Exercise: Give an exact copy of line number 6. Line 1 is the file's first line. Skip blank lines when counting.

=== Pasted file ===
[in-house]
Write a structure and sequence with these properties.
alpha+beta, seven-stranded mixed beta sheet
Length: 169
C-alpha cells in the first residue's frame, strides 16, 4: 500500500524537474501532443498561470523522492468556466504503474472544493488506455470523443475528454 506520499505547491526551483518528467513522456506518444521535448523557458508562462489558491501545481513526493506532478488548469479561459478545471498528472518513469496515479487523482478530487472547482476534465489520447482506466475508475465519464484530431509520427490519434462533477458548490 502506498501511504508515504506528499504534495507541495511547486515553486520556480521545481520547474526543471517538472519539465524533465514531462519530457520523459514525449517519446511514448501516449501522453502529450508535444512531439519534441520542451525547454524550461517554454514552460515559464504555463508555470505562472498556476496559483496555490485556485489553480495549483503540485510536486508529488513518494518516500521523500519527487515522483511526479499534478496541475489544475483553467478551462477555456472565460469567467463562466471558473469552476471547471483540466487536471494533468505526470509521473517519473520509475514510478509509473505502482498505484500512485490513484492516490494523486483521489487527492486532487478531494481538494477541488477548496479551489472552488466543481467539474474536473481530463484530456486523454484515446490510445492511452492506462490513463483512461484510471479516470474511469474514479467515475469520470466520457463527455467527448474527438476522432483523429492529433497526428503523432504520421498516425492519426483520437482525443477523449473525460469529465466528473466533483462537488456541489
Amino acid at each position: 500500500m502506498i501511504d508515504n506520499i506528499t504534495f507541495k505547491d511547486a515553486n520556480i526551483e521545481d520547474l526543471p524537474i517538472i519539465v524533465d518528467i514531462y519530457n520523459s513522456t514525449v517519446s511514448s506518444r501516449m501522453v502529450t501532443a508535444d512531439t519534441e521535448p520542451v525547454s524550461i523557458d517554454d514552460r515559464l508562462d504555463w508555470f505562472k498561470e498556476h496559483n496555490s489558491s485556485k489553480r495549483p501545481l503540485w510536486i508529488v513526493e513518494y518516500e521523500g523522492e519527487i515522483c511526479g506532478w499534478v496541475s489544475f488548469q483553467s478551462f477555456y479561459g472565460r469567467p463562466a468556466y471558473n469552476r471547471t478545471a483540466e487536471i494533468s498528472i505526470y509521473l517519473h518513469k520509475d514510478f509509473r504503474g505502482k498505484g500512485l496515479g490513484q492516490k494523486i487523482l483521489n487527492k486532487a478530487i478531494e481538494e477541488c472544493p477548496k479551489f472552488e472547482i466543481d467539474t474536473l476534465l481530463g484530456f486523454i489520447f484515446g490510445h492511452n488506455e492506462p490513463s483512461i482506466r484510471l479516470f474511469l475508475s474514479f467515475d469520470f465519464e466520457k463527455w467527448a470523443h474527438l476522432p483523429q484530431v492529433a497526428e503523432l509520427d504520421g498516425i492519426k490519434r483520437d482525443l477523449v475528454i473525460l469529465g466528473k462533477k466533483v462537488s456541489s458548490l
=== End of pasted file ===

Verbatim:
Amino acid at each position: 500500500m502506498i501511504d508515504n506520499i506528499t504534495f507541495k505547491d511547486a515553486n520556480i526551483e521545481d520547474l526543471p524537474i517538472i519539465v524533465d518528467i514531462y519530457n520523459s513522456t514525449v517519446s511514448s506518444r501516449m501522453v502529450t501532443a508535444d512531439t519534441e521535448p520542451v525547454s524550461i523557458d517554454d514552460r515559464l508562462d504555463w508555470f505562472k498561470e498556476h496559483n496555490s489558491s485556485k489553480r495549483p501545481l503540485w510536486i508529488v513526493e513518494y518516500e521523500g523522492e519527487i515522483c511526479g506532478w499534478v496541475s489544475f488548469q483553467s478551462f477555456y479561459g472565460r469567467p463562466a468556466y471558473n469552476r471547471t478545471a483540466e487536471i494533468s498528472i505526470y509521473l517519473h518513469k520509475d514510478f509509473r504503474g505502482k498505484g500512485l496515479g490513484q492516490k494523486i487523482l483521489n487527492k486532487a478530487i478531494e481538494e477541488c472544493p477548496k479551489f472552488e472547482i466543481d467539474t474536473l476534465l481530463g484530456f486523454i489520447f484515446g490510445h492511452n488506455e492506462p490513463s483512461i482506466r484510471l479516470f474511469l475508475s474514479f467515475d469520470f465519464e466520457k463527455w467527448a470523443h474527438l476522432p483523429q484530431v492529433a497526428e503523432l509520427d504520421g498516425i492519426k490519434r483520437d482525443l477523449v475528454i473525460l469529465g466528473k462533477k466533483v462537488s456541489s458548490l